What happens if AMD settles above the $10 put strike at expiration? The put option would expire worthless, your $1,000 would be released by your broker and you can keep the $56 option premium (100 x $0.56) as profit.
What happens if AMD settles below the cost basis of $9.44? You'll be assigned 100 AMD shares at $10/share with your cost basis of $9.44/share. Below $9.44 you will be showing a loss by whatever price AMD shares are below the level shown by the red arrow in the above diagram.
By selling the $10 put in combination with the call spread strategy described, we can apply the put option premium towards our call spread cost of $0.50 as ($0.56 put premium - $0.50 call cost = $0.06). We are actually being paid a net $0.06 to perform this overall trade.
As great as that sounds, being paid to perform a trade, there is the added risk. The worst-case scenario is that upon expiration date, that AMD settles below $10. The $10 call purchased and the $12 call sold both expire worthless for a loss to you of $0.50. Additionally, the $10 put option is now ITM and because you set aside $1,000 to cover this put option, you will have 100 shares of AMD assigned to your account at $10/share regardless of how low the stock price is upon expiration. But remember that you were paid $0.56 for your put option sold. The put premium that you were paid reduces your cost basis of the shares by 5% to $9.44/share or ($10 - $0.56 = $9.44/share).
Selling the put option can be performed separately from the call option strategy that I described above or if combined with the purchase of a call option, it would be called a Synthetic Long Stock.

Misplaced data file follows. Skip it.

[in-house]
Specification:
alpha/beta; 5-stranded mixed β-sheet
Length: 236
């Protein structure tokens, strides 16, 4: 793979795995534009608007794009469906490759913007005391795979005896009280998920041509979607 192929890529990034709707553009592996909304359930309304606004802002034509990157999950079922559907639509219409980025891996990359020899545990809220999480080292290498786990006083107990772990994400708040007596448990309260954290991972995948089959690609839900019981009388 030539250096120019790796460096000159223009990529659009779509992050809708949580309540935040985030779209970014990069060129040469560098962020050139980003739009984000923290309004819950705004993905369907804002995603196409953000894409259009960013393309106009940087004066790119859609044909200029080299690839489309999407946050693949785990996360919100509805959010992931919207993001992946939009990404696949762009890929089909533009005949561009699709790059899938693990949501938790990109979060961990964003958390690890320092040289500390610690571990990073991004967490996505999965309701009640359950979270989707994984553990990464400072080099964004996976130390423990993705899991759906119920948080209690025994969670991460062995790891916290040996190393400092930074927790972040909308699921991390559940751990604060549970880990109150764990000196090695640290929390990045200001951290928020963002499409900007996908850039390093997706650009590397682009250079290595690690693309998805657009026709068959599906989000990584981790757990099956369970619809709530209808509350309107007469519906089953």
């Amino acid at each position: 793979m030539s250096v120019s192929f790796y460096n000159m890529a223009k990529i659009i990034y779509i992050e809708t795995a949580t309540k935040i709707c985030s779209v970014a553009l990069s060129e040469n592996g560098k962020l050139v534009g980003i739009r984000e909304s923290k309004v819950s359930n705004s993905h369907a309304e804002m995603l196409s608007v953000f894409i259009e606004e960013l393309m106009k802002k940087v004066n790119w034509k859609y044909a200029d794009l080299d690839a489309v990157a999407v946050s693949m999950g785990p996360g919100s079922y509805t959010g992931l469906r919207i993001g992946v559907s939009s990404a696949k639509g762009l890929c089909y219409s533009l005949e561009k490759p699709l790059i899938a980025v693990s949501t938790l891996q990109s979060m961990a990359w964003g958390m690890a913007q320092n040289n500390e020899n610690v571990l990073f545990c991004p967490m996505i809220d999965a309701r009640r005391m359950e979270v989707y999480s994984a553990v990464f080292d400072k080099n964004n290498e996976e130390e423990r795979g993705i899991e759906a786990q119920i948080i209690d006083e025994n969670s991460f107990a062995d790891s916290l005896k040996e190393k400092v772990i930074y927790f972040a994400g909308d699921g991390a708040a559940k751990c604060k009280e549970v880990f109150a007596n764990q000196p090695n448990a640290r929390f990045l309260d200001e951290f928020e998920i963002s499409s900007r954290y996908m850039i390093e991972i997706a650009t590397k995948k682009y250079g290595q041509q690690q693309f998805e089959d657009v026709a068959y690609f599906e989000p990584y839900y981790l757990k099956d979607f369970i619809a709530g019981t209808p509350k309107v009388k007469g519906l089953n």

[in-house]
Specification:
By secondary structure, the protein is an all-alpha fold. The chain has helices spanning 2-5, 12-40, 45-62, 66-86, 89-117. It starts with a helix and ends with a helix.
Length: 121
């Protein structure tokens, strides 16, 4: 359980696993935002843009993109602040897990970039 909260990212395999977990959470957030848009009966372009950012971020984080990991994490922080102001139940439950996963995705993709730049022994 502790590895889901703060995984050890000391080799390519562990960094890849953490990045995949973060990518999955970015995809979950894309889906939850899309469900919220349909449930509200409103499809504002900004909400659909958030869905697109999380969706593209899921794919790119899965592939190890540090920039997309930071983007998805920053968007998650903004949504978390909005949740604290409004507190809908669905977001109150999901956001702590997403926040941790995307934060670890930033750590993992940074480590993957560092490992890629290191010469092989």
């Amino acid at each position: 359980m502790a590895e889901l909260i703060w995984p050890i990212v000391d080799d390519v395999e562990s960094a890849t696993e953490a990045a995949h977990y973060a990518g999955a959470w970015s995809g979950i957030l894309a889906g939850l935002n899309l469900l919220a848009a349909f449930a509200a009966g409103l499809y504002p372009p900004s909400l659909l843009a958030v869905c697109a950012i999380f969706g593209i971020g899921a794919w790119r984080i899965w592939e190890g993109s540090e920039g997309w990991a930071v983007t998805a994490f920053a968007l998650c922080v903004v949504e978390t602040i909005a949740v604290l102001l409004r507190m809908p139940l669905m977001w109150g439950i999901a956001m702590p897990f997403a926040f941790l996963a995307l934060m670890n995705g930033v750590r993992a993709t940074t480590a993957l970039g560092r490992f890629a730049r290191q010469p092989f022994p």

Personally, I prefer to purchase stock at a predetermined price by selling cash covered put options at strike prices where I am comfortable being assigned the stock and then selling covered call options to make predetermined sell levels as the stock rises. It is a disciplined manner by which to take profits, but as I described above, I run the risk of having my profits capped at $12. Experienced traders find it nearly impossible to time the top price of a stock, so I find it sound to pick my exit points without the emotion of the market.
I strongly believe that AMD will not disappoint on earnings day. There are too many positive catalysts with regards to the company's improved product line, worldwide demand for processors, and opportunity to swipe market share from Intel (INTC) and Nvidia (NVDA).
The one thing that could place a bit of gasoline to the fire is the huge short position of 181,917,276 shares of AMD as of 3/29/2018. If AMD shows a positive earnings report along with positive guidance, the nearly 182 million shares will get squeezed hard when the short positions buy back shares to cover their positions. It will be fun to watch!
I hope that you enjoyed reading. I am aware that there are many different ways to get long AMD, but I wanted to offer a few basic strategies because of the unique opportunity. I encourage questions, and I will do my best to answer. Best of luck!
Disclosure: I am/we are long AMD, INTC, NVDA. I wrote this article myself, and it expresses my own opinions. I am not receiving compensation for it (other than from Seeking Alpha). I have no business relationship with any company whose stock is mentioned in this article.
Additional disclosure: Price chart courtesy of FreeStockCharts.com